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Federal Highway Administration > Publications > Public Roads > Vol. 66 · No. 6 > National Highway Institute(NHI)

May/June 2003
Vol. 66 · No. 6

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The National Highway Institute (NHI)

901 N. Stuart Street, Suite 300

Arlington, VA 22203

www.nhi.fhwa.dot.gov

Applying Location Data to Transportation Planning

A picture is worth a thousand words. Spatial data—from maps and photographs to digital video and satellite imagery—can help transportation professionals visualize information in multiple dimensions. In the past, for example, to study the condition of pavement on a particular stretch of highway, an engineer would need to pull out a map, visit the location to take notes, and refer to numerous tables with historical data. Today, however, spatial data technologies make it possible for that engineer to gain access to photographs, digital video, weather trends, current and historical pavement condition data, and more—simply by clicking a mouse. The various spatial data technologies that make this possible are the subject of a new course available from the National Highway Institute (NHI).

The course, Applying Spatial Data Technologies for Transportation, aims to prepare participants to evaluate and plan for implementation of transportation planning applications that rely on spatial data technologies. The Federal Highway Administration, in cooperation with the Bureau of Transportation Statistics, developed the course to introduce middle managers—those who manage technical specialists—to today's major spatial data technologies, such as remote sensing, geographic information systems (GIS), and global positioning systems (GPS).

Attendees will learn about various aspects of the applications, including the level of effort for development, technological challenges, training needs, and evaluation measures. Instructors place particular emphasis on crosscutting implementation issues, both technological and organizational. Exercises focus on how to make use of spatial data technologies in an environment where data sharing and cooperative agreements are essential components for success. And, reflecting NHI's commitment to learner-centered training, the course offers participants opportunities for discussion and joint problem solving.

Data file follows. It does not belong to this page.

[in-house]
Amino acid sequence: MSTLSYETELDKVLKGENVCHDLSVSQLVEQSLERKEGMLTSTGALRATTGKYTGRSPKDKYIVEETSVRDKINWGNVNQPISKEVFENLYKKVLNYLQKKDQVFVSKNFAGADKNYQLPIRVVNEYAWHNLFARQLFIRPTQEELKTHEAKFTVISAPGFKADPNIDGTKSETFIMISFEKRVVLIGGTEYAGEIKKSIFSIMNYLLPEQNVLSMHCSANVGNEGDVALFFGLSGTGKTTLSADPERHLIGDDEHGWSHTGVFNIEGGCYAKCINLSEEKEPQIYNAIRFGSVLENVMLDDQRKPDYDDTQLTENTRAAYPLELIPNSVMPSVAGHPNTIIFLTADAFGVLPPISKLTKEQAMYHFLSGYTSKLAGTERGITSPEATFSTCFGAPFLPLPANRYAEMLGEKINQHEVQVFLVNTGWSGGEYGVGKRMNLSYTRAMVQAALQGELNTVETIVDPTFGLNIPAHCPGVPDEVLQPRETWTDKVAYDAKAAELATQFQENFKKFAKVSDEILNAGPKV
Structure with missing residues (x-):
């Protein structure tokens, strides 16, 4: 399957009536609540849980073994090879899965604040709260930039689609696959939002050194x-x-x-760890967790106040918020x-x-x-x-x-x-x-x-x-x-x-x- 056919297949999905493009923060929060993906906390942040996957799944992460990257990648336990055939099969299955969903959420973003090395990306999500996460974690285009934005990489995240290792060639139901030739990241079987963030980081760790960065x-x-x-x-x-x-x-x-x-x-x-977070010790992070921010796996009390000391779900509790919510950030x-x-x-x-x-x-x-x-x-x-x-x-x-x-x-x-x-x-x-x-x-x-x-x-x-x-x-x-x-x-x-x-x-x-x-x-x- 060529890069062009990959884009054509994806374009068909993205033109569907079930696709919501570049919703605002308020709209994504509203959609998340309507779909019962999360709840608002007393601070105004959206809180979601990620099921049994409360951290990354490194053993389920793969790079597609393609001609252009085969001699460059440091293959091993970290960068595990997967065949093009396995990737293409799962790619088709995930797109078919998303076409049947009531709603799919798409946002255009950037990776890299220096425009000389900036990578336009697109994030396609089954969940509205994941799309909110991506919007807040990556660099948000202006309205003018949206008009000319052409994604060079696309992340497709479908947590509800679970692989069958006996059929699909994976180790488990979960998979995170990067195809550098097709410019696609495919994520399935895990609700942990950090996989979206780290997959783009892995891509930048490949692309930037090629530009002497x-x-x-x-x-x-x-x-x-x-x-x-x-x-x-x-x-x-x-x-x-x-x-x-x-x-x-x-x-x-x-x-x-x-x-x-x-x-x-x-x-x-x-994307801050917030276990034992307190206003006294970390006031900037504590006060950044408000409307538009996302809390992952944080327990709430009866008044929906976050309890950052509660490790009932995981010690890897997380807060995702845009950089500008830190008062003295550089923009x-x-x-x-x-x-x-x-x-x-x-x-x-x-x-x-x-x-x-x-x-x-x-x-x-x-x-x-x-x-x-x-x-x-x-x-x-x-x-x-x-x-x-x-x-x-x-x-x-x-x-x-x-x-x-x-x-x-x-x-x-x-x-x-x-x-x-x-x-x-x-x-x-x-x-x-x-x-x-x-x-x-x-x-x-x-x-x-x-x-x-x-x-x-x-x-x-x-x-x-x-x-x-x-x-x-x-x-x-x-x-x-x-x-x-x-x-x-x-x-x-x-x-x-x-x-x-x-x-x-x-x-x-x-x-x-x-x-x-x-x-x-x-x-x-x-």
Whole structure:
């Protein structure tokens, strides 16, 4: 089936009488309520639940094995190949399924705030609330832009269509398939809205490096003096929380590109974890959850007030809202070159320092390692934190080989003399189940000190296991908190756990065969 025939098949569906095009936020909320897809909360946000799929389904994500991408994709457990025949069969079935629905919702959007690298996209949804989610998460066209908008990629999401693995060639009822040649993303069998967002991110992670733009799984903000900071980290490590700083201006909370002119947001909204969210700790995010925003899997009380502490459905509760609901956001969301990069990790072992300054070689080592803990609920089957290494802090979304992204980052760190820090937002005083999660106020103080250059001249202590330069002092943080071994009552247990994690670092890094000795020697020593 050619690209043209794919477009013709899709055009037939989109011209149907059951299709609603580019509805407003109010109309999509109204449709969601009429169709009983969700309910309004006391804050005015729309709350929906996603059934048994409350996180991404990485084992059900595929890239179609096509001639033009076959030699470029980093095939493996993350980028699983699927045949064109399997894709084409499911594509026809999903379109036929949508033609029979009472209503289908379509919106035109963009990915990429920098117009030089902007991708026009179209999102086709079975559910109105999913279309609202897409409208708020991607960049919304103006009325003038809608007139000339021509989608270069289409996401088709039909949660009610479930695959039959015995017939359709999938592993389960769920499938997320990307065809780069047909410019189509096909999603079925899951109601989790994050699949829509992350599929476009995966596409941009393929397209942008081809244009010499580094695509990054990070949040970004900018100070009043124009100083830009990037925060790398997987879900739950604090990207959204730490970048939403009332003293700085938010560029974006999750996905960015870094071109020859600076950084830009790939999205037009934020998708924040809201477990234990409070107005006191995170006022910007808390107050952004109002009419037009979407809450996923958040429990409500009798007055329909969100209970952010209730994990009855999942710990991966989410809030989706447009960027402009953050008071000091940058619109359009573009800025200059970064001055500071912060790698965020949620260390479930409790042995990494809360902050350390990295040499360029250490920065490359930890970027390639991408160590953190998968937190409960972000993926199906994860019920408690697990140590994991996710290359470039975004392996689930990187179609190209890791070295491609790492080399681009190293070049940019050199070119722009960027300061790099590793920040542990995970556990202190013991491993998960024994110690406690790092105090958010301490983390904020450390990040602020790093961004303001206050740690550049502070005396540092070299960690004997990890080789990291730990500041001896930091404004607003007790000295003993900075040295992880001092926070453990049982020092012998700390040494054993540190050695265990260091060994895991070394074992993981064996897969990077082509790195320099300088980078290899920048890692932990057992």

Upon completion of the course, participants will be able to:

  • Recognize current and emerging spatial data technologies.
  • Understand the benefits and limitations of each technology.
  • Benchmark the trends in terms of high, medium, and low risk for implementation.
  • Understand why a transportation planner would want to apply each technology.
  • Describe specific examples of applications using spatial data technologies in transportation planning.
  • Identify common obstacles during implementation.
  • Recognize the value of cooperative efforts—both internal and external—when implementing the technologies.

Participants should have a basic understanding of GIS or have completed NHI's course, Applications of GIS for Transportation (#151029). Various professional users of spatial data technologies will benefit most from the course, including individuals representing State departments of transportation, metropolitan planning organizations, county and city governments, transit agencies, airport and port authorities, consultants, and State/Federal agencies that have access to environmental data warehouses (e.g., Florida, North Carolina, and other States).

To learn more, consult the course catalog on NHI's Web site at www.nhi.fhwa.dot.gov. For scheduling, contact Danielle Mathis-Lee at 703-235-0528, danielle.mathis-lee@fhwa.dot.gov. For technical information, contact Mark Sarmiento at 202-366-4828, mark.sarmiento@fhwa.dot.gov. For more information about transportation-related training courses, contact NHI at 4600 N. Fairfax Drive, Suite 800, Arlington, VA 22203; 703-235-0500 (phone); or 703-235-0593 (fax).

Rendered model of GPS receivers using timing signals from at least 4 satellites to establish a position

As shown in this rendered model, GPS receivers use timing signals from at least four satellites to establish a position. GPS and other spatial data technologies introduced in the course can help transportation professionals collect and analyze data more efficiently.

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